quietbatperson Sat 30-Nov-13 19:57:43

manchestermummy your postcode cannot preclude you from going to a particular CC. The CC you are going to may prefer that you go to another one because they aren't effectively funded for you to go there, but they absolutely cannot turn you away from their services.

BohemianGirl Sat 30-Nov-13 20:04:18

but why can there not be a weekend event for working mums? I'm not the only full time working mother

so lobby for a similar group instead of hijacking one

TBH its supply and demand, the old 20/80 equation ..... I've yet to see someone have the hebejeebies ove a female only babysitting service hmm, decorators, cab firm and so fort - but woe betide a male only play group and its sexist

moldingsunbeams Sat 30-Nov-13 20:04:19

quietbat lots of the ones I had contact with where we lived before had maps and if you were not in the boundaries for that map they would not even register you.

Mumoftwoyoungkids Sat 30-Nov-13 20:17:34

We used to go to an under 1s group at the children's centre.

While we were on holiday it was changed to a crawling+ group.

Ds was the littlest there an the only non crawler.

So basically everyone but us is invited. sad

Dd didn't crawl until she was 15 months so if he takes after her he won't get to go until he is too old to go.

Neverland2013 Sat 30-Nov-13 20:24:20

Where we live there are mostly mixed groups (mums & dads). I have to say that when I used to take our DD, I did really feel for some of the dads... as you can see that not all of them feel that comfortable surrounded by women. Saying that, I always thought that they were very brave and in the end is about children. Why should they be at home when their children can enjoy themselves.

OddBoots Sat 30-Nov-13 20:32:31

Mumoftwoyoungkids That's a disgrace, they can't make a group based on the developmental stage of a child, I'm sure that's a clear breach of the Equality Act.

lilyaldrin Sat 30-Nov-13 20:36:42

OP, maybe you could set up a working parents toddler group yourself? See if the CC will let you have a room later in the day on a Saturday, or see if you can hire a church hall or something?

quietbatperson Sun 01-Dec-13 08:11:50

moldingsunbeams - in which case you should speak to Children's Services about whoever is providing the CC provision in your area. You cannot be excluded, it's as simple as that <stops channelling CS Commissioners>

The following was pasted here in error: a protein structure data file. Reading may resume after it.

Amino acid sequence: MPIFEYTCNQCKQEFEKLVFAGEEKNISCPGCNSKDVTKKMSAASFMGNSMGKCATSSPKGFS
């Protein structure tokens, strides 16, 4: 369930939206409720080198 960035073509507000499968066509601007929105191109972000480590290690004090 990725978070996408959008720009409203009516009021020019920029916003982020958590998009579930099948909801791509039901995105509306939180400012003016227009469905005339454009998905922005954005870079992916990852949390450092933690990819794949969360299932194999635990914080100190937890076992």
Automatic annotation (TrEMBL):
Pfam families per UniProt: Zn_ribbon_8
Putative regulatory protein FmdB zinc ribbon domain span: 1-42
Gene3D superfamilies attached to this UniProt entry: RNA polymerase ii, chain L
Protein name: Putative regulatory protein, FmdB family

iamadoozermum Sun 01-Dec-13 09:23:36

We're in the same situation - DH is SAHD and I work full-time being out of the house from 6.15am to 7pm, Monday-Friday, so no chance to attend any weekday events. There are no other baby groups at the weekend like swimming or music for us to go to either. So I have no opportunities to meet other mums or develop networks with other parents (other than Mumsnet!). DH doesn't want to go to the Saturday men's group as he is grouped-out by then and it's me that wants the experience. DH was CC parent rep and raised it and I've raised it a number of times but they say it is all to do with funding so tough. I don't want them to stop Men only Saturday groups but it would be lovely to add a Working Parents group too.

brettgirl2 Sun 01-Dec-13 09:32:45

If you want to go then go.

In relation to comments from others it isnt going to help you make friends with other mums though! dh goes and its great actually.

OP I suspect that if you went to toddler groups they would probably lose their appeal pretty fast. Get an annual pass for a local children's attraction instead and go there with lo at the weekend.

Mummytotwox Sun 01-Dec-13 09:45:42

I want to go to a group with my ds he's 4, global development delay so he plays/acts like a 3 yo.

Was told there is no groups we can go too, there all for babies.

Thurlow Sun 01-Dec-13 09:47:12

I can see why they are doing this, but it is annoying. I contacted my CC recently to ask if they could maybe help with advertising or putting together a casual group for weekend mums - DP works most weekends and I struggle sometimes. I'm sure there must be plenty of other mums who wouldn't mind a coffee or a play in the park at weekends. But all they said was "no, we don't do anything except for dads once a month" and that was it. Thanks there, C hmm